The Lost Art of Letter Writing

Letter to Emily

Emily and I are lucky to live nearby these days – a luxury that, until recently, we hadn’t re-experienced since we first became friends back in 2001.

As we now get to see each other regularly, I tried to include in my letter some things that we might not discuss in person because of embarrassment, fear, or simply the deviations of conversation.

In a loose way, I was also influenced by the kinds of things Woolf wrote about in her letter to Mansfield: reflections on writing, reading, gender, friends.

Here are the ideas I jotted down to include in my letter to Emily:

  • Recommend The Faraway Nearby by Rebecca Solnitt
  • Are there no societal rules for friendship?
  • Is friendship between women still somehow considered subversive?
  • Unexpectedly autobiographical roots to certain aspects of our novels
  • The themes we keep circling around
  • Getting lost

I’ve included pictures of the letter itself so you can click and zoom to see how I ended up exploring these ideas.

There was something comforting about using the fountain pen that Emily bought for me a few years back – the half-forgotten rub of the nib against paper, paper I bought in San Francisco when I visited one of our mutual friends.

The letter itself became a kind of meditation on the lost art of letter writing: the way in which the pen can explore ideas too difficult for the tongue; the eye can receive ideas too difficult for the ear.

Getting lost has itself become a lost art now that so many of us have satellite navigation systems in our cars and GPS on our phones. Through writing to Emily, I realised just how much I valued my many experiences of getting lost with her – most recently in Notting Hill on the way back from Book Slam; but also last year in Bayswater on the way to Porchester Spa; and once when we were stranded at a remote station in Cumbria with no idea of our hostel’s address.

In this letter, I reminisced about the times we first got lost together in rural Japan – joyful occasions when we began to realise just how much we shared – and, as I wrote, it occurred to me that the experience felt surprisingly like being found.

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Over to you:

Please use the ‘Leave a Reply’ facility below to let us know about the kinds of things you wrote in your letters. We can’t wait to hear.

Click here if you’d like to be reminded of this month’s challenge.

10 thoughts on “The Lost Art of Letter Writing

  1. Thank you for that beautiful letter, Emma Claire, which I couldn’t resist reading in snapshots on the screen, but will enjoy savouring more slowly when it makes its appearance at my home, hopefully today.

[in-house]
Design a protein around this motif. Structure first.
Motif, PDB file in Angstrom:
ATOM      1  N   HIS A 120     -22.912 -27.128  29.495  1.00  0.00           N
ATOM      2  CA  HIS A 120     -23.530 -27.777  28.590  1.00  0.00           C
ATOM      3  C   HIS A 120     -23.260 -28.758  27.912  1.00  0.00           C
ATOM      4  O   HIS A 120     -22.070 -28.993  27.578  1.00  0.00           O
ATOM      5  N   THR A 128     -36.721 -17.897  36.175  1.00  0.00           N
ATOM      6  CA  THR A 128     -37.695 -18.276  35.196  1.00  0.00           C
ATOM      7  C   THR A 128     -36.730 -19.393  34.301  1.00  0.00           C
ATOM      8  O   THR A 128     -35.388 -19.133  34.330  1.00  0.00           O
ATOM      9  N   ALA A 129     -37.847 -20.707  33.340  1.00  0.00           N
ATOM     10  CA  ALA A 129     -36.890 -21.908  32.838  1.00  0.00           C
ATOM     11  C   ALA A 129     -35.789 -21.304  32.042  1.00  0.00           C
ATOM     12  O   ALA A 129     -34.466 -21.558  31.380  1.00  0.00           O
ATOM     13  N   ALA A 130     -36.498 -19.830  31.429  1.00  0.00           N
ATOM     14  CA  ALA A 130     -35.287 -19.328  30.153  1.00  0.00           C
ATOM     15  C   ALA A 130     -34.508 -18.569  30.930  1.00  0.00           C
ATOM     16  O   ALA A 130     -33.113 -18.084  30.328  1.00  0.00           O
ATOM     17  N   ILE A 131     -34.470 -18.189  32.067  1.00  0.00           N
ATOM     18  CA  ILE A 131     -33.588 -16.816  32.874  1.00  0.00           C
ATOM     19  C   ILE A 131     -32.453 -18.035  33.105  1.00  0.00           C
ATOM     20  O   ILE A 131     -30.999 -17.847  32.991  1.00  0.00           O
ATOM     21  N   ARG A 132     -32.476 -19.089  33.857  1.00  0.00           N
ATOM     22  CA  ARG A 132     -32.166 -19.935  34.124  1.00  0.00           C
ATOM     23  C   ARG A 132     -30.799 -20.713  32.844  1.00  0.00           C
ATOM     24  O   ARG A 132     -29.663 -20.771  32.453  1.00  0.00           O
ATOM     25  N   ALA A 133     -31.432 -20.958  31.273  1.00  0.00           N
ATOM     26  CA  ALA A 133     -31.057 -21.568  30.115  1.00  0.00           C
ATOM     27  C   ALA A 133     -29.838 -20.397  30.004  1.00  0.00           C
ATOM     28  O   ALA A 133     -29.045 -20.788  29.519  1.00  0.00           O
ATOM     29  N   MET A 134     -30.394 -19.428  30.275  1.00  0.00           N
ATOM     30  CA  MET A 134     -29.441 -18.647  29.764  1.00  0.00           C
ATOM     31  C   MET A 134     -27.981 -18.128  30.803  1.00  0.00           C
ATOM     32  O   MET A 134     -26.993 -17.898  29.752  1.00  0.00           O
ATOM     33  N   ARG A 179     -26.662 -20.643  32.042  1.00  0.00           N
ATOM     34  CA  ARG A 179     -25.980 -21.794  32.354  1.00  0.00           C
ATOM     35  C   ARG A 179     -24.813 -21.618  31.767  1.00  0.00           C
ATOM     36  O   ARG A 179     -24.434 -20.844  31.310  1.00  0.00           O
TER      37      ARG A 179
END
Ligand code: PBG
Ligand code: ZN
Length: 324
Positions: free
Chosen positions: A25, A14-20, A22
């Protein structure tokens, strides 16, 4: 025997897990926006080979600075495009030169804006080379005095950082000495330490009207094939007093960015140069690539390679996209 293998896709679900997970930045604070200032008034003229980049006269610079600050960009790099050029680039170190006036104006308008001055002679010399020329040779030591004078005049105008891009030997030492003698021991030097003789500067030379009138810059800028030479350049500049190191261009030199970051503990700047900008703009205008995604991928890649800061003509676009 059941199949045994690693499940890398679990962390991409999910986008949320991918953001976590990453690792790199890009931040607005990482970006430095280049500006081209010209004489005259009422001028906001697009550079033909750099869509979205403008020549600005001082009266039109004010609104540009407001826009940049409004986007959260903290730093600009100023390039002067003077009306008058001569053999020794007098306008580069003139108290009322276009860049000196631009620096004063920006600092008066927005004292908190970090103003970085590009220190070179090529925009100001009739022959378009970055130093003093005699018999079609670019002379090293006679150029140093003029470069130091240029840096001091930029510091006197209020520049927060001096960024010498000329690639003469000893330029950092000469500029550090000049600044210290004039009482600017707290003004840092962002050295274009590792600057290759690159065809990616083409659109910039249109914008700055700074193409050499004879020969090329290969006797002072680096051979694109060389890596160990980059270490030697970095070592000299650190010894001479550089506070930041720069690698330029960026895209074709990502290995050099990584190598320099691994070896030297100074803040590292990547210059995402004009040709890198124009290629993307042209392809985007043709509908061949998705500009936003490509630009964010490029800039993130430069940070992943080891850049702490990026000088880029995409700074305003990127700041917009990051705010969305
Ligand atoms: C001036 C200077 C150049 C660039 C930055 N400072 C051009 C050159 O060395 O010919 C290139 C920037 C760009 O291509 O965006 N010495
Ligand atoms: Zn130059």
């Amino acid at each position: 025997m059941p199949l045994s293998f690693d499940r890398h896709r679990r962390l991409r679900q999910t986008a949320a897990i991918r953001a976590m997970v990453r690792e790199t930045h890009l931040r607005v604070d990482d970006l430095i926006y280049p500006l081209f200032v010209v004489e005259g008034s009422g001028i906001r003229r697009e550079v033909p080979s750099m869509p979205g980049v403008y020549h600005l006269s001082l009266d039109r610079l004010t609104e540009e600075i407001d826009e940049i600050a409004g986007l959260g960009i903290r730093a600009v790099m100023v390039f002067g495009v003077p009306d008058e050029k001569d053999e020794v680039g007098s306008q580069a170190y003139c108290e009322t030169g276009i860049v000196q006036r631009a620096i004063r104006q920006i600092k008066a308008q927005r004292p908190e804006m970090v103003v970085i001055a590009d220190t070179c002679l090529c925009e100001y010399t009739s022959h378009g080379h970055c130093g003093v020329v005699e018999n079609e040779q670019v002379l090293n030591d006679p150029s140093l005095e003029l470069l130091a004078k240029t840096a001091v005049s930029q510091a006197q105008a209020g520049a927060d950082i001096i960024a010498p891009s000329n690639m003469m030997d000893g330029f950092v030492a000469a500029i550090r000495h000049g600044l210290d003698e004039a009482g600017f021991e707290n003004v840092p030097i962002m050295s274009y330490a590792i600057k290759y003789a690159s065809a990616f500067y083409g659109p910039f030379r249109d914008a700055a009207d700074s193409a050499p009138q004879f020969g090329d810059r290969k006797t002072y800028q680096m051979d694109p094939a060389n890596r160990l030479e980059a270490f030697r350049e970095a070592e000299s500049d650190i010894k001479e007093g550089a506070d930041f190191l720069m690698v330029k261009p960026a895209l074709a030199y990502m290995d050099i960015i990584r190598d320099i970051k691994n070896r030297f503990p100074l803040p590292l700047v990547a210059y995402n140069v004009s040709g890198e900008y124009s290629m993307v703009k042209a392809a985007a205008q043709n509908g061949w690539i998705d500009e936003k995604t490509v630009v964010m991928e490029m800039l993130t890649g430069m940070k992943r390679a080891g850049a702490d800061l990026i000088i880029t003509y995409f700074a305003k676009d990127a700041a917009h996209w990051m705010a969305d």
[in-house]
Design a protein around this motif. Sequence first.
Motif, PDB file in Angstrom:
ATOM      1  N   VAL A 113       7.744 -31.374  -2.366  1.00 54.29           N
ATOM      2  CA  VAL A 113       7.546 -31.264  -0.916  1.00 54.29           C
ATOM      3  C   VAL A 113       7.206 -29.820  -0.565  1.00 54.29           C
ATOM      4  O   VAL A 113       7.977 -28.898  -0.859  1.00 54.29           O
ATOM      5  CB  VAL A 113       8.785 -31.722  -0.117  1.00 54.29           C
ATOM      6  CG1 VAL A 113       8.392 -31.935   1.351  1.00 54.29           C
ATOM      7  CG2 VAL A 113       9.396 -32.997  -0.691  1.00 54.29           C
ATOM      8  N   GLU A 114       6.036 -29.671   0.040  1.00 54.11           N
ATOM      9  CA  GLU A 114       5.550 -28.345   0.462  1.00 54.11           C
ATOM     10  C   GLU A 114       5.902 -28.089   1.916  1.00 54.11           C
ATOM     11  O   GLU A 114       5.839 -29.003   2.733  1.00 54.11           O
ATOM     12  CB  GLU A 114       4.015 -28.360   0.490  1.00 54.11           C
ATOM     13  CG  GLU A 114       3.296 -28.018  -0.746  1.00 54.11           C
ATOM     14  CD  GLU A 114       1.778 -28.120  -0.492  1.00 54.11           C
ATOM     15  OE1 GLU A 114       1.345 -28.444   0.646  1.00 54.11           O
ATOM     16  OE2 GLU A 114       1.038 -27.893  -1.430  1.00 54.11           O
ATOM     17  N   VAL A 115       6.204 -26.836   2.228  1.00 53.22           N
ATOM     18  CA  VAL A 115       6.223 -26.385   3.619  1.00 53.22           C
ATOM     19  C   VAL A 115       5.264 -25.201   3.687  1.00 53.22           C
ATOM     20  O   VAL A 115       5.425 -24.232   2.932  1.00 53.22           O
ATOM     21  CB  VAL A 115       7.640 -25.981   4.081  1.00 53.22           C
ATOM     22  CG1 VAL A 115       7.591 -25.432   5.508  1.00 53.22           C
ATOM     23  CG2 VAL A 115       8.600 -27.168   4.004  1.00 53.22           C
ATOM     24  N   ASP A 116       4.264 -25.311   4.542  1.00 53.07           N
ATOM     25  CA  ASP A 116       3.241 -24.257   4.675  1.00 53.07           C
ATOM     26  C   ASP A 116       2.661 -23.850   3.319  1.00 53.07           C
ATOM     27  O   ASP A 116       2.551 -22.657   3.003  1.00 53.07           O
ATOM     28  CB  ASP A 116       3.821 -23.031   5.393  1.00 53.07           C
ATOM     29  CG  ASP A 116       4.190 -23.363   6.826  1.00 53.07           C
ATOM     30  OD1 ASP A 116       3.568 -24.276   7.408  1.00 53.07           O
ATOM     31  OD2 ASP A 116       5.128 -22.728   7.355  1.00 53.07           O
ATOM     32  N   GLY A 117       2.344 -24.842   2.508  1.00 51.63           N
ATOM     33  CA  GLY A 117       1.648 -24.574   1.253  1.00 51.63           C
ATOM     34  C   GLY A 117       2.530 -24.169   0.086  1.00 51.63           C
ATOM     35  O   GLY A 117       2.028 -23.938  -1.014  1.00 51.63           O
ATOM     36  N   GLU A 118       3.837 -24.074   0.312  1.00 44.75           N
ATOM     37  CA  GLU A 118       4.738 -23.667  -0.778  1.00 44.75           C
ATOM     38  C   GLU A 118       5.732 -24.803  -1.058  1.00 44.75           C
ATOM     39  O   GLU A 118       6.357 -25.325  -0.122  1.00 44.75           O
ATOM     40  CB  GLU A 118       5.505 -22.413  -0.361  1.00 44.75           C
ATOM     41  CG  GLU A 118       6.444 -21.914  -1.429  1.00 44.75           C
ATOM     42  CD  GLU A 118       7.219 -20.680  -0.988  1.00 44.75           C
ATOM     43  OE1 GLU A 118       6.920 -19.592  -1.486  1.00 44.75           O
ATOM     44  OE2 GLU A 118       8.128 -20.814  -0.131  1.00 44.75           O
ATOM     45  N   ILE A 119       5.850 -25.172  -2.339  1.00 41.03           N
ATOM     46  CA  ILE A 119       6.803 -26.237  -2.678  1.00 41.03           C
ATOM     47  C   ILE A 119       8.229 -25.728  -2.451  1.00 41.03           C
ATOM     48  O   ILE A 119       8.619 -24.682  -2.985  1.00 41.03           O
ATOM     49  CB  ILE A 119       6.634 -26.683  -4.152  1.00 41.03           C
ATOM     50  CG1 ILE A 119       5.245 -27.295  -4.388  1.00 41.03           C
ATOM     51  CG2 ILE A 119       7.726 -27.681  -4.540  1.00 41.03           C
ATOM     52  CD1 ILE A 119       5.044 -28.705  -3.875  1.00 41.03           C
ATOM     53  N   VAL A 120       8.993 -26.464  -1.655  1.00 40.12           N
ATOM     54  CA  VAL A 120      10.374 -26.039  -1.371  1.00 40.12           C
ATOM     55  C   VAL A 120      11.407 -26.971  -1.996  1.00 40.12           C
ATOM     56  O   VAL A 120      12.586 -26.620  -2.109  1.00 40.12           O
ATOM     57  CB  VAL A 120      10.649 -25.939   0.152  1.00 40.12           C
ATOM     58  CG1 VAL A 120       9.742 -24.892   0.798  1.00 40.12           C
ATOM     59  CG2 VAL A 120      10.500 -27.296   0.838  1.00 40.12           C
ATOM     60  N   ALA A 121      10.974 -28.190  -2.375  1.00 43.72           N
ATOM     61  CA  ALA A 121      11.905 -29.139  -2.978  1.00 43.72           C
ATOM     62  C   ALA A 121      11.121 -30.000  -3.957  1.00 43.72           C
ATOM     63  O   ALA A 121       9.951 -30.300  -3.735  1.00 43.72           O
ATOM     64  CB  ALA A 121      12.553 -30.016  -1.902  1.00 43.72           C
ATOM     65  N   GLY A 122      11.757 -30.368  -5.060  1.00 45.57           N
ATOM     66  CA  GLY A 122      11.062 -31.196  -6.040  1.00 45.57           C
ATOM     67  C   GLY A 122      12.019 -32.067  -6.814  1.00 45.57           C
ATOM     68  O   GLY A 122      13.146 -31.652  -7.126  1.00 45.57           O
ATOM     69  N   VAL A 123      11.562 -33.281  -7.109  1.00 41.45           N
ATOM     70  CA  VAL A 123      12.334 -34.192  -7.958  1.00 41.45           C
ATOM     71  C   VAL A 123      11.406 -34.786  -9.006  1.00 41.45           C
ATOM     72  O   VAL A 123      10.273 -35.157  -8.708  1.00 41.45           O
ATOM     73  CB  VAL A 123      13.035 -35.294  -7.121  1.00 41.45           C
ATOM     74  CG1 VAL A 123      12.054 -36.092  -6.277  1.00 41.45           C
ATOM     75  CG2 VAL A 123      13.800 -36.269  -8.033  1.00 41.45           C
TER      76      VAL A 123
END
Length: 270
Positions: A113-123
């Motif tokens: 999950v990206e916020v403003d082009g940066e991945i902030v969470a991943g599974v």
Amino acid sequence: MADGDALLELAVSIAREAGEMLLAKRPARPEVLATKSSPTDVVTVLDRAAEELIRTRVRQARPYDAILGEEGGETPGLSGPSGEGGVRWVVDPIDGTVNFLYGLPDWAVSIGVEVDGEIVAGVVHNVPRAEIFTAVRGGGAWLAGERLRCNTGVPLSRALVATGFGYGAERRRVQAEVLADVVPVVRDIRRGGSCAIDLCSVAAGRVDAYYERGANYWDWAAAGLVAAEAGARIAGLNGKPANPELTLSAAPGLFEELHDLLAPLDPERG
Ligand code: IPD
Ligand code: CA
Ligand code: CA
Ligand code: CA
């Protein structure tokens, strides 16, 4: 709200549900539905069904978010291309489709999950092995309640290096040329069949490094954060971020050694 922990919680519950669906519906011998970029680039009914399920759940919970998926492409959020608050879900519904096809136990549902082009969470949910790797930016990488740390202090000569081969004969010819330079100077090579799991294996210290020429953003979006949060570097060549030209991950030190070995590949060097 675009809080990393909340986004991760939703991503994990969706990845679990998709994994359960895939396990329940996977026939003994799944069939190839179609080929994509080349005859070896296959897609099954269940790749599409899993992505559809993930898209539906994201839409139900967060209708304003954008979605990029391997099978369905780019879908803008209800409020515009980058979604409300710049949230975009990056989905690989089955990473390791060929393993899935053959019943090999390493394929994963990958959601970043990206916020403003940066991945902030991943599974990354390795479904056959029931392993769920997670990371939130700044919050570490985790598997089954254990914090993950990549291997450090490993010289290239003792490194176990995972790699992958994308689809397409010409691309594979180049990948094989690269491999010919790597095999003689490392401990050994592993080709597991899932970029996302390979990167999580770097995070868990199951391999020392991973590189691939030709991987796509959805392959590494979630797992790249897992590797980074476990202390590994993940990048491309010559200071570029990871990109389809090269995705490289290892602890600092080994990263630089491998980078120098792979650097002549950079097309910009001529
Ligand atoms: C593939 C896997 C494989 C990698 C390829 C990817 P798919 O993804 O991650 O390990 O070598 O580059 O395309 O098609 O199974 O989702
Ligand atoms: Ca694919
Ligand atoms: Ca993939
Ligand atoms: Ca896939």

I was interested to see what emerged in those eight pages. There’s overlap with some of the things I’ve been jotting down in my notebook: books to recommend, approaches to writing, themes I’ve noticed in your work and mine. I was struck by the similarities, but also the differences, how incidents and images that clearly loomed large in your memory had almost faded from mine altogether. I was surprised by how many new things I learned about you from reading the letter – another surprise to me, considering how close we are.

    1. Postbox

      Here’s a picture of my letter to you at the start of its short journey. I’m looking forward to hearing about some of your thoughts on reading and writing and friendship, and hopefully to being both reassured and surprised in turn.

  2. Loved reading your letter to Emily. So lovely to know how mutually supportive you are both intellectually and emotionally. I look forward now to writing to my very dear friend of over 50 years.

      1. I spent Sunday at Hartwell House, a lovely historic National Trust hotel. The magnificent writing desk in the drawing room beckoned to me as the ideal place for me to while away an hour writing to my dear friend Frieda. We were an inseperable duo in our teenage years. 40 years plus ago, Frieda married her lovely husband Alan and sailed away to New Zealand where she has lived ever since. In these days of e-mail and Facebook we have instant if rushed communication on tap, but my rambling missive penned whist enjoying traditional afternoon tea on a winter`s Sunday afternoon, gave me a chance to experience a much less frequent pleasure nowadays. Thank you Emma and Emily for challenging me to put pen to paper again.

      2. Elaine writing her letter
        Thanks so much for sending us this picture of you writing at Hartwell House’s grand desk. We’re so glad that you took up this month’s challenge, and that you enjoyed reacquainting yourself with letter writing. It was especially heartening to hear that you took the opportunity to write to such an old and dear friend. We do look forward to learning about Frieda’s reply: anything that comes as a surprise; memories that return; favourite lines.

  3. My closest female literary friend, Christina and I exchanged about 100 letters in the time that I was in China. We’d write once every week or two weeks, sometimes starting a new letter before having received a response. Her letters were always gorgeous and creatively constructed: filled with glitter and confetti, antique stamps, pressed flowers, funny-looking stickers, etc. Our correspondence attracted so much attention at the Chinese post office that most times her letters would arrive in plastic bags, having already opened and pawed through by national security. 🙂

    1. I love this story, Lucy. Thanks for sharing it on here. I’d love to know more about Chinese traditions of letter writing. Why do you think your mail attracted so much attention: its frequency or the decorations?

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